Dithering and Colour and Noise, Oh My!


Day 30th May



In this talk, we will examine the state of the art of digital halftoning techniques, how they can be used, and how these were implemented in Krita to improve the rendering quality of gradients.

Spatial dithering, also known as digital halftoning, is a technique used to simulate a higher color depth in images using a limited color palette (1). It approximates shades of colour not available in the palette using a spatial distribution of available colours, taking advantage of the human eye's tendency to average colours in a neighbourhood. This technique has its origins in the printing industry: halftoning is the process of rendering an image as a pattern of coloured dots, exchanging color resolution or bit depth for spatial resolution (1).

Common issues that are addressed by dithering are colour shift and false contours . When an image is quantized, the luma and chroma of the area covered by each pixel is classified into one of the available colors in the device's palette, resulting in a shift that may be visible to the naked eye. When there are insufficient colours to represent an otherwise smooth transition, banding, or the formation of false edges may occur (2). Low level graphics libraries, image processing toolkits, as well as graphics drivers and output peripherals themselves, use dithering as a computationally cheap way to work around these issues.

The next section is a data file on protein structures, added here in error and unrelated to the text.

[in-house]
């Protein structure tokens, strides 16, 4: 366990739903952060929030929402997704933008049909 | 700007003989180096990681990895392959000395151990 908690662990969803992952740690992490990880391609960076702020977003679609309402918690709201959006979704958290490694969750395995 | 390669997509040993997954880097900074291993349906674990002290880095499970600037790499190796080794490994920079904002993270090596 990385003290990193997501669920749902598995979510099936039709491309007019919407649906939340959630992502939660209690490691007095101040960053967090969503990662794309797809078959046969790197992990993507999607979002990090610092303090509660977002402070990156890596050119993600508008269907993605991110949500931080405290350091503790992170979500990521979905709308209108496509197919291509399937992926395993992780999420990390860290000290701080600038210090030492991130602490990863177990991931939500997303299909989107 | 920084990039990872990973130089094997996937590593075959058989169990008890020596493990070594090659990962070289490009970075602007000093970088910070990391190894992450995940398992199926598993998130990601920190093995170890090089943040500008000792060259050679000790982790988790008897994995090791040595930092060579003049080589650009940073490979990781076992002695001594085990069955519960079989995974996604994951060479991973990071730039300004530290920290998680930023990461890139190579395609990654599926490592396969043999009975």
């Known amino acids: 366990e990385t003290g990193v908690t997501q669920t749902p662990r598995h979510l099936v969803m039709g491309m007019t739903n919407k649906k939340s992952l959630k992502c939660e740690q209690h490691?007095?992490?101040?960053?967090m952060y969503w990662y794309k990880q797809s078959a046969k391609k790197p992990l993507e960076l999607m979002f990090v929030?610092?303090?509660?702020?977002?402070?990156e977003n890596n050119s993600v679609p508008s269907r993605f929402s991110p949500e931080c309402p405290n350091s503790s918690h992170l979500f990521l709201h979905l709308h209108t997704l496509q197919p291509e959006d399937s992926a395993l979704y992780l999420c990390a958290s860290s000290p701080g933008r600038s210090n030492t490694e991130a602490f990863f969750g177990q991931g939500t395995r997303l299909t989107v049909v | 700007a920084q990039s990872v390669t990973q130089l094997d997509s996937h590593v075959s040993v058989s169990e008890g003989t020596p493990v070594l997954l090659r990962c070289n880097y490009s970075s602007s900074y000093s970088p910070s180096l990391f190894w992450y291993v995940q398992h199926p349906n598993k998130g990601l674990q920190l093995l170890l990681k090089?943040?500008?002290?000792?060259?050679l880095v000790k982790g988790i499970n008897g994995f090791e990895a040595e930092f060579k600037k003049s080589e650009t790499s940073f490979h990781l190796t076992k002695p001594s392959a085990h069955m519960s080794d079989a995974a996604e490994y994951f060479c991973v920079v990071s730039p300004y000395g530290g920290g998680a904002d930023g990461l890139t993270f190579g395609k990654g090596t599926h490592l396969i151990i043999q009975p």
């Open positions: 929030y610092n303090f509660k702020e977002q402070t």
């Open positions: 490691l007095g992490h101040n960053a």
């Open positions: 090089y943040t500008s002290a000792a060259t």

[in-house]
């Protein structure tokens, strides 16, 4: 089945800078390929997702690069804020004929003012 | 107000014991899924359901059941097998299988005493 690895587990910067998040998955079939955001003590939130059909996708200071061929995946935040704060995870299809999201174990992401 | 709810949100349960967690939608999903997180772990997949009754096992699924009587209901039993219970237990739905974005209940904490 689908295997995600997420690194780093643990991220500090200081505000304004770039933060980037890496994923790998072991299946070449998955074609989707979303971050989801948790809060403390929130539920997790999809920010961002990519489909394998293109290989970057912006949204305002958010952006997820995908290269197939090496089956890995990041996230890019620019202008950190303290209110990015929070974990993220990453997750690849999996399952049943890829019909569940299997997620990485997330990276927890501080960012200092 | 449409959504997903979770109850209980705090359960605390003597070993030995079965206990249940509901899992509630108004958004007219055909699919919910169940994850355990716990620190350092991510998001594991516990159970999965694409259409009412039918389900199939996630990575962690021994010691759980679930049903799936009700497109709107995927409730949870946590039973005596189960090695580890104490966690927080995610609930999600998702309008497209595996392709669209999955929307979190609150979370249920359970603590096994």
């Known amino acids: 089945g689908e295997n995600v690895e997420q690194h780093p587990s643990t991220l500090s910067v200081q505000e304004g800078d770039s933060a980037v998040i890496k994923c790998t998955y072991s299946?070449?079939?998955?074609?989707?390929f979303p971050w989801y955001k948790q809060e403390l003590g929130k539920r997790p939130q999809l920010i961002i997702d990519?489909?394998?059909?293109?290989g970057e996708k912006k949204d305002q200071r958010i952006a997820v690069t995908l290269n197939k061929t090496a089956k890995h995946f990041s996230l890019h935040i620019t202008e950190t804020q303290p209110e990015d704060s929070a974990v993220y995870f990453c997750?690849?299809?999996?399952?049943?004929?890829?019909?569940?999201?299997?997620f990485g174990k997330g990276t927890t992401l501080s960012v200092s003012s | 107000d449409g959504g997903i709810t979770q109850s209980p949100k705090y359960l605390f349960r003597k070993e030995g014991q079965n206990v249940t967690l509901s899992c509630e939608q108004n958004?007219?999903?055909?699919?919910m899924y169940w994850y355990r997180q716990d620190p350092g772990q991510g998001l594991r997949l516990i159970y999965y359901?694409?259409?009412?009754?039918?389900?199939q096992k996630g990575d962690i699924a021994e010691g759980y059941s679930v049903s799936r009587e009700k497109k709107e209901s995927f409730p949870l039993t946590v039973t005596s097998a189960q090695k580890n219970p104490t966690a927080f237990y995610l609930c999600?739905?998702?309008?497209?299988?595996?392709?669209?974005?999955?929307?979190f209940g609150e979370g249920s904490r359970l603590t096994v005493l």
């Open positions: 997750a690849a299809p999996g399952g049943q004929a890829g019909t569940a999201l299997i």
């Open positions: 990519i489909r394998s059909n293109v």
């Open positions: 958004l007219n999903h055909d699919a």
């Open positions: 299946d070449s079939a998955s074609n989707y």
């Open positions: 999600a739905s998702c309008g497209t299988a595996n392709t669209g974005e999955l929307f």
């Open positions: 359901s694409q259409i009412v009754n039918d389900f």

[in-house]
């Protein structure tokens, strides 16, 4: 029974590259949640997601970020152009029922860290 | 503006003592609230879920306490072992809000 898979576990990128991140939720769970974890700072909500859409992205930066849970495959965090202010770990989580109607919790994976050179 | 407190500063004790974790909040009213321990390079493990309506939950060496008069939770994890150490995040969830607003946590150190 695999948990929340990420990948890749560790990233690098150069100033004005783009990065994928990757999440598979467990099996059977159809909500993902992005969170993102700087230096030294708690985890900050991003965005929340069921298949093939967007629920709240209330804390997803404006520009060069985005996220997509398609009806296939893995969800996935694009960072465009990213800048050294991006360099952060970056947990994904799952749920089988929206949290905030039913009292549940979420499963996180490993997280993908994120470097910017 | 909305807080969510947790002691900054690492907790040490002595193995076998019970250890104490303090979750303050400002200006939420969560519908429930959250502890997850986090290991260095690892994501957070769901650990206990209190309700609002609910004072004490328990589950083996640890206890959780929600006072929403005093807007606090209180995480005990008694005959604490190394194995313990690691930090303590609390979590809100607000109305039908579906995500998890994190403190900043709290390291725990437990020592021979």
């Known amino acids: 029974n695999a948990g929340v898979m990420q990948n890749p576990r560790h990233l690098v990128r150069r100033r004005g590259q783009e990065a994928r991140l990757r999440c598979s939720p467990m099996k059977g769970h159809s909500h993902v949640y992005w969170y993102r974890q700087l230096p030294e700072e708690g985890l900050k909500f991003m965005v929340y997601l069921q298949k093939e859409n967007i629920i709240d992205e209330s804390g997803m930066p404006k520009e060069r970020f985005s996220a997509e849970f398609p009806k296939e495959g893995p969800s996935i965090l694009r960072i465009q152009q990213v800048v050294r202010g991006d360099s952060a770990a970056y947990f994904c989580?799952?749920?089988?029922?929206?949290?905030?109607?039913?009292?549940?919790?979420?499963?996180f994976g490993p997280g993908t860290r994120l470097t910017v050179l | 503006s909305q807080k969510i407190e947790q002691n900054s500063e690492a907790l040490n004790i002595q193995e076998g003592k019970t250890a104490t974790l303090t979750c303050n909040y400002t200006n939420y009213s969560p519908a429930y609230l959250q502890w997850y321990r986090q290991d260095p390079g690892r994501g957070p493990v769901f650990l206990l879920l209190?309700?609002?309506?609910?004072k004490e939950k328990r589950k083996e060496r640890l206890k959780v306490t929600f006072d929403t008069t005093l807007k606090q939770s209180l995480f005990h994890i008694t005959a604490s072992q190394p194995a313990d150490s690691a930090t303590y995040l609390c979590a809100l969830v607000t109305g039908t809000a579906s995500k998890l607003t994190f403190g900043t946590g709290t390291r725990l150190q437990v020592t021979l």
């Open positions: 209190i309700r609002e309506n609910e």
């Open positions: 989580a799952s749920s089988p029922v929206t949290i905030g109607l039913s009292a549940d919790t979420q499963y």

Throughout its history, Krita used 8-bit resolution and the sRGB color space exclusively to render gradients, ignoring the color space and bit depth of the image. This resulted in very visible banding artifacts, a behaviour that was reported in bug 343864. During the last month of 2020 and the start of 2021, we implemented high dynamic range gradients by rendering the gradient in the image's color space, with 16-bit as a minimum depth, and adding dithering in the gradient's render step if the image's depth is lower. This talk will analyze the technical aspects of this work. We will start by summarizing the available techniques for achieving perceptually similar images in monitors and their tradeoffs; in the second part, we will describe our work, its main features and the end results.

[1]: A. Deshpande, I. Misra and P. J. Narayanan, "Hybrid implementation of error diffusion dithering," 2011 18th International Conference on High Performance Computing, Bengaluru, India, 2011, pp. 1-10, https://doi.org/10.1109/HiPC.2011.6152714.

[2]: L. Akarun, Y. Yardunci and A. E. Cetin, "Adaptive methods for dithering color images," in IEEE Transactions on Image Processing, vol. 6, no. 7, pp. 950-955, July 1997, https://doi.org/10.1109/83.597270.